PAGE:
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An organization's privacy policy and procedures must be implemented effectively

PIPEDA Case Summary #2016-007

February 9, 2016

Lessons Learned

  • It is important for employees to follow their organization’s established policies and procedures relating to access requests.
  • Organizations should ensure that they maintain records associated with the processing of requests for access to personal information.

A person alleged that a collection agency (the “agency”), despite numerous requests, refused to provide access to the individual’s personal information.

The individual—who disputed the existence of a debt the agency was attempting to collect—faxed a letter to the agency requesting any and all information related to the alleged debt account. Having received no response, the individual contacted the agency by phone a few days later, followed by another fax. 

About a month later, someone at the agency called the individual to confirm the correct mailing address; the company stated that the individual refused to do so. Unable to confirm this address, the agency claims that it mailed out the information to the individual at the mailing address it had on file.

The individual then sent the agency two additional written requests ─ several months apart ─ for access to the individual’s personal information. The agency responded to neither.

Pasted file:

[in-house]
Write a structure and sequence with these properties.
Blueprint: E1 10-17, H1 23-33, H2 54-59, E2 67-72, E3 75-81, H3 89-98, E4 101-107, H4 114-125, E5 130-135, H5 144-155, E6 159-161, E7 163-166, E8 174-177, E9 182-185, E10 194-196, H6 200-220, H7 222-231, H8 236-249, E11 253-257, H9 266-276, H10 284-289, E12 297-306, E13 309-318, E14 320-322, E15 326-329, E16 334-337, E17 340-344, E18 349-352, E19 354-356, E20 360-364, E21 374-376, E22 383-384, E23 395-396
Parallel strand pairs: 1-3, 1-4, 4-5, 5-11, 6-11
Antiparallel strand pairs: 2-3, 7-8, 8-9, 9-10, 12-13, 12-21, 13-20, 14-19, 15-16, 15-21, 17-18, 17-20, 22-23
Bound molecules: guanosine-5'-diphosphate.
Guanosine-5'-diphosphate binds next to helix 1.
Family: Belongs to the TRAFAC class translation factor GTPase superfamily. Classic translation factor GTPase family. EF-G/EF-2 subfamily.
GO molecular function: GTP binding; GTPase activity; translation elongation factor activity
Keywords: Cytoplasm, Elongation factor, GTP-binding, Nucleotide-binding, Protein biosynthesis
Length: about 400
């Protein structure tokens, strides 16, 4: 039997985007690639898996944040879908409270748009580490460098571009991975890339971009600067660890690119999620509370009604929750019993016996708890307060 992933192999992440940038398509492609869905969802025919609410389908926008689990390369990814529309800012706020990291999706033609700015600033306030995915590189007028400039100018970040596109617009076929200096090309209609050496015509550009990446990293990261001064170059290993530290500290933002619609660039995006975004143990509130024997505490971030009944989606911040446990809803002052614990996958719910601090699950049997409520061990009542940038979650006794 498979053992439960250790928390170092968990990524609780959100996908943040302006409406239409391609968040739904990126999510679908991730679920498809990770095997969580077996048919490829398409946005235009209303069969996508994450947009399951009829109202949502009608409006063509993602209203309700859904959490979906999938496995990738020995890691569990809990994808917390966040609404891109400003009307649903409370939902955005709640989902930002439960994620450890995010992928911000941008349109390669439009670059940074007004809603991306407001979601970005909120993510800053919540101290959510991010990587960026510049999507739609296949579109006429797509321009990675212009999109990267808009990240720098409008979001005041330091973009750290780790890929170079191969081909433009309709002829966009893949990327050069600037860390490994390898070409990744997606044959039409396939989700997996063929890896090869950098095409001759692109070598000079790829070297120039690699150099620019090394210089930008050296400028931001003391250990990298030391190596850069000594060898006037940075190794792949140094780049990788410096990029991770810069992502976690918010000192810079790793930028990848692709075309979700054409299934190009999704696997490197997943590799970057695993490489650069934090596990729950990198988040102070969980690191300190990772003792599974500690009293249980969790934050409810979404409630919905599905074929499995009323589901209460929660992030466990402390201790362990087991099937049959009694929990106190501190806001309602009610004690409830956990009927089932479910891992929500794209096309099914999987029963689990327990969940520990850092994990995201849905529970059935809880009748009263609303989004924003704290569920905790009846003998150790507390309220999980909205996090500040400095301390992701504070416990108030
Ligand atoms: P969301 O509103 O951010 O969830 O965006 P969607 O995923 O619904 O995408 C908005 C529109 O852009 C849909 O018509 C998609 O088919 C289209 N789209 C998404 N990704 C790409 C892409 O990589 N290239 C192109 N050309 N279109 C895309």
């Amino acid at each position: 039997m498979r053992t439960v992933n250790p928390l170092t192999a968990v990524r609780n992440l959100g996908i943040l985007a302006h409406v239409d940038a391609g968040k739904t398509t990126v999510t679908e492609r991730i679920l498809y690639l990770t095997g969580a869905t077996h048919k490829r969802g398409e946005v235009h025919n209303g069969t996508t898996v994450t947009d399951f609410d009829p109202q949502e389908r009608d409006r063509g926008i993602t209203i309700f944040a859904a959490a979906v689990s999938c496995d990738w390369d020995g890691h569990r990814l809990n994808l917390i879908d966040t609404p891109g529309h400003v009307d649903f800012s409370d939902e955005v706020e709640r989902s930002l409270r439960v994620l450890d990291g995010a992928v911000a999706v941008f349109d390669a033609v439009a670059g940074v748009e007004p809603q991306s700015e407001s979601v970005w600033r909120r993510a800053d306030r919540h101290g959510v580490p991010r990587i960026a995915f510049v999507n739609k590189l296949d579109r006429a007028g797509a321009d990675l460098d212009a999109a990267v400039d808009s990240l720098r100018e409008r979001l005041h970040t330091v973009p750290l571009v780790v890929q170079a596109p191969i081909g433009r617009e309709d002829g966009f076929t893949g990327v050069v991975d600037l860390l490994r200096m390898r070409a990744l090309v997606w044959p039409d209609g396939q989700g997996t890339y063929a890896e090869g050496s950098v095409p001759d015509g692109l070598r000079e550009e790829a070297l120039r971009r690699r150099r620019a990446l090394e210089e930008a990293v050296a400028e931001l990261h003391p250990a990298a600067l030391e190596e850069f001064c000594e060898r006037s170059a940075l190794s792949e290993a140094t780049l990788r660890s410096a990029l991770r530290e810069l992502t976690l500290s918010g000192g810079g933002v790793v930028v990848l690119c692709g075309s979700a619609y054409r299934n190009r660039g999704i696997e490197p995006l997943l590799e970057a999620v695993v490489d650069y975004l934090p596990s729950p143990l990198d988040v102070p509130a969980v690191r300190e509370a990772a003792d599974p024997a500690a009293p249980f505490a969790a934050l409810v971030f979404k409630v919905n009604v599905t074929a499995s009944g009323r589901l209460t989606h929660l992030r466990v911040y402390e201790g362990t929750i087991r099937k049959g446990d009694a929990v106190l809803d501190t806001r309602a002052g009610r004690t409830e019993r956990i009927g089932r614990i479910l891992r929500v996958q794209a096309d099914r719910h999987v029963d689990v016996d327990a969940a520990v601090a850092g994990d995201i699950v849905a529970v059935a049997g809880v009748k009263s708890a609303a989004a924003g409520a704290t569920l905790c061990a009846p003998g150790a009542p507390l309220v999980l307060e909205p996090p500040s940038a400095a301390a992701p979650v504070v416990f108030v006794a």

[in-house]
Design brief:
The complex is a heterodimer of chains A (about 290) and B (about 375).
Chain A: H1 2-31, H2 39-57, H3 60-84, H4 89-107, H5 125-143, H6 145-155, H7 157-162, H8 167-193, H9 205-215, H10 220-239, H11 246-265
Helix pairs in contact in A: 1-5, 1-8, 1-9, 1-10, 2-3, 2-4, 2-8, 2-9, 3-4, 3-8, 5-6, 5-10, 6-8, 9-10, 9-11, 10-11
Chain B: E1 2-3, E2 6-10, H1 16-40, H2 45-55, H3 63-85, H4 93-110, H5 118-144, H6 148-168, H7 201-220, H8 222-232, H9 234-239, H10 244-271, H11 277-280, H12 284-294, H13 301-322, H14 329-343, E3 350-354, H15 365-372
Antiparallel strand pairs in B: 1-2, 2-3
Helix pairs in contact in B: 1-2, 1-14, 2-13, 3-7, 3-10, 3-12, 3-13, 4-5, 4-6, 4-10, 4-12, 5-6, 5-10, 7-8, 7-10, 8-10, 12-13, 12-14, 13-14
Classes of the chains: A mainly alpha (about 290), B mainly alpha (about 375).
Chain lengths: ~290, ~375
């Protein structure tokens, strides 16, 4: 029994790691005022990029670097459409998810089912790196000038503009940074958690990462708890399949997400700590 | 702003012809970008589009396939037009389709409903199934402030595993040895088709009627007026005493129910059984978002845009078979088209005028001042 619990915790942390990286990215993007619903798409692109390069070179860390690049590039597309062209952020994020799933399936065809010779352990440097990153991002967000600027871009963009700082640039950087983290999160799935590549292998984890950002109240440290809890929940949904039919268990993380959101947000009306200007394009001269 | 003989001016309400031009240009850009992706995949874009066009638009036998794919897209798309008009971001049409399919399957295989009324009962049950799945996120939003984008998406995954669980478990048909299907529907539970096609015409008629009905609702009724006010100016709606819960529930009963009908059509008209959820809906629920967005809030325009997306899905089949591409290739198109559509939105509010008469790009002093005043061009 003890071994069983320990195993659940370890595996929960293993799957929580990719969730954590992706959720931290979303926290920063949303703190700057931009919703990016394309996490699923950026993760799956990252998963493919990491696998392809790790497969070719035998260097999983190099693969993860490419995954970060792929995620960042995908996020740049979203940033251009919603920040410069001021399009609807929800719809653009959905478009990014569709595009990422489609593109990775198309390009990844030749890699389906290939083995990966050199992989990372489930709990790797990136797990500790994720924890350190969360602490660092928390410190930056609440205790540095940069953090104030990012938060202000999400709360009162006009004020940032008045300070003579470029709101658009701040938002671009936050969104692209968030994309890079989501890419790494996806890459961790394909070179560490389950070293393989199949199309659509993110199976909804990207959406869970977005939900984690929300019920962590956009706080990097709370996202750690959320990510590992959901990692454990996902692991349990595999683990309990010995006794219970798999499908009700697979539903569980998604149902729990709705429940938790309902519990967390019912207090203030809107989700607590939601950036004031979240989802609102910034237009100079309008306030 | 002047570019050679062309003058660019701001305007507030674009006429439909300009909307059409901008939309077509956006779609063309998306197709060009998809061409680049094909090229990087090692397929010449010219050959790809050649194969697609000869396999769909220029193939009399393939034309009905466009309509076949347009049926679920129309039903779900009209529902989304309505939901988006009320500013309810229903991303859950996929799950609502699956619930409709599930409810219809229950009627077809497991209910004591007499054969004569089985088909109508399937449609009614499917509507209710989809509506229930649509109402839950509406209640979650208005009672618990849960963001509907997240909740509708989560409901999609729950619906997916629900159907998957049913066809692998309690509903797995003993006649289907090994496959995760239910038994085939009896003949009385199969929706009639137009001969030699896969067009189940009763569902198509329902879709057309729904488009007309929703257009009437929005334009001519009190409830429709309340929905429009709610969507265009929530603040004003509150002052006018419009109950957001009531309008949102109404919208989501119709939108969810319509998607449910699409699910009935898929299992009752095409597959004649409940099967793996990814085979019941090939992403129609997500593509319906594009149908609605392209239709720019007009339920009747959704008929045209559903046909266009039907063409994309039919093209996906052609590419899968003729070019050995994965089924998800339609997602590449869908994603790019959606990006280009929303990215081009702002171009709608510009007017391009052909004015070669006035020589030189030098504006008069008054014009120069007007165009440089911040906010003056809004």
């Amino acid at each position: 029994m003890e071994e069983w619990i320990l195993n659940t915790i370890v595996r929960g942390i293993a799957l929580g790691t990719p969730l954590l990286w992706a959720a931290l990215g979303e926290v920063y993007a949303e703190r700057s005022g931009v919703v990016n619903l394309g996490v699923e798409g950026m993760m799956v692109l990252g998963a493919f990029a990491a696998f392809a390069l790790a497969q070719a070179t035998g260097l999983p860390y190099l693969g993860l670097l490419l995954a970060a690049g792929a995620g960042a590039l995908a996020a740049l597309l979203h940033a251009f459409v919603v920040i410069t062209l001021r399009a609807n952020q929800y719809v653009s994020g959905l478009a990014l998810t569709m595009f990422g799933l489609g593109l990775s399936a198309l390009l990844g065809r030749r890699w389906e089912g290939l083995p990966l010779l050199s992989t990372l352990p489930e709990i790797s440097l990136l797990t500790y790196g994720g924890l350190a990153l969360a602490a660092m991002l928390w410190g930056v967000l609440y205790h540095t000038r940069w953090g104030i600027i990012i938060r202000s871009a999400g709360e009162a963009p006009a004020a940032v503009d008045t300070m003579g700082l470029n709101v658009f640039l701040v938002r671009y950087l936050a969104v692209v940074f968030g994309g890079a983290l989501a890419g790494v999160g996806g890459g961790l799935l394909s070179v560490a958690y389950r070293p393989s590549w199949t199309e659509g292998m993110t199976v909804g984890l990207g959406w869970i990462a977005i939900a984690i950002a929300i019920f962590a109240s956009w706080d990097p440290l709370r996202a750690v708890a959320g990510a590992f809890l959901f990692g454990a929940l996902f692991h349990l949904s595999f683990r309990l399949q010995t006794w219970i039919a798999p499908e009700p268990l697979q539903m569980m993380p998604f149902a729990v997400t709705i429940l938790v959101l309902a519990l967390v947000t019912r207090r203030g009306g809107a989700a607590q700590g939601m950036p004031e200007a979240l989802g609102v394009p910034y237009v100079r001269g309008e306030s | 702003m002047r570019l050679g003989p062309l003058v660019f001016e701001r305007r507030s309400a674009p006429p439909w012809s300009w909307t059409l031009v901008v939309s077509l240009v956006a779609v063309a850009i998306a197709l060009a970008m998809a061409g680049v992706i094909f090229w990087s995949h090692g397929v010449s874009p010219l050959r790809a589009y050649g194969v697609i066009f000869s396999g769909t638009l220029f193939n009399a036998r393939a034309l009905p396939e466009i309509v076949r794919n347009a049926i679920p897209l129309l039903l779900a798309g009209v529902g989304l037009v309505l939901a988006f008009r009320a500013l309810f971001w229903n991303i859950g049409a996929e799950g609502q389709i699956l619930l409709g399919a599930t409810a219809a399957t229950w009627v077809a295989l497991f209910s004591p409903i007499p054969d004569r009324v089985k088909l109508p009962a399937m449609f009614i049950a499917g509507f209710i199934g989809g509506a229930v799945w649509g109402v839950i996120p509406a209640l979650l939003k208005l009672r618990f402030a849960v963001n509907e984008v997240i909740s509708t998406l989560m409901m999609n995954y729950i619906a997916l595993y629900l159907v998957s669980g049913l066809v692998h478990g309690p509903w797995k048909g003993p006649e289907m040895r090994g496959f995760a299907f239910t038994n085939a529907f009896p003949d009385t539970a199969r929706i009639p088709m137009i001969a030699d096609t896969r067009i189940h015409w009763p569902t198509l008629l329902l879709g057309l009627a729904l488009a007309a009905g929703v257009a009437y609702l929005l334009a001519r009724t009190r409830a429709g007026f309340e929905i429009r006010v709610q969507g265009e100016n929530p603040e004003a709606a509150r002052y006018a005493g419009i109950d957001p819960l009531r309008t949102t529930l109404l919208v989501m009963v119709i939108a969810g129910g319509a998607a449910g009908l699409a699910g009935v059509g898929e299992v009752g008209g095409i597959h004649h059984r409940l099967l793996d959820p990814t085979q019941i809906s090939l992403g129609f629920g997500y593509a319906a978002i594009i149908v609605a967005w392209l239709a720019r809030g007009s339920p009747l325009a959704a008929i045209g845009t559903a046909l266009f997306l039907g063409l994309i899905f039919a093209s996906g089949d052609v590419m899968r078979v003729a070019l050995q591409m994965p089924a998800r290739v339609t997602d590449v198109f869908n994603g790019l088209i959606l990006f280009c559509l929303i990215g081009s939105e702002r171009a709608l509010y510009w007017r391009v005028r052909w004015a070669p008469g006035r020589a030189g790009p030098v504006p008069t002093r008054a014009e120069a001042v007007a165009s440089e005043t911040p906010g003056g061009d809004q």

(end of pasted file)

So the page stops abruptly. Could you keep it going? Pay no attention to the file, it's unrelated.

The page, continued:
In total, the individual had sent four written requests for access to personal information, thus complying with subsection 8(1) of PIPEDA, which requires a request for access to be made in writing.

It was not clear during our investigation whether the agency had responded to the original access request within the 30 days required by PIPEDA. However, it was clear that it failed to respond to the additional requests for access from the individual, contravening subsection 8(3) and Principle 4.9 of Schedule 1 of PIPEDA. This amounts to refusing an access request, contravening subsection 8(5) of PIPEDA.

At our request, the agency later sent the information to the individual by registered mail. Although the individual refused to sign for the package, the agency was nonetheless deemed to have ultimately provided access to personal information. Thus, this complaint was determined to be well-founded and resolved.  

Lastly, our Office noted that the agency’s privacy policy clearly identifies who is the agency’s designated person for privacy governance issues, even though the individual’s access requests were apparently not routed through that person as they should have been. The agency fully acknowledged that, in this case, it had not followed its own procedures to respond to the access requests. Consequently, the agency sought to revise its procedures and offer refresher training to its employees and management on access requests to personal information matters.  Our Office also suggested that, in the future, the agency endeavor to keep clear written records of how and when it complies with access requests it receives.

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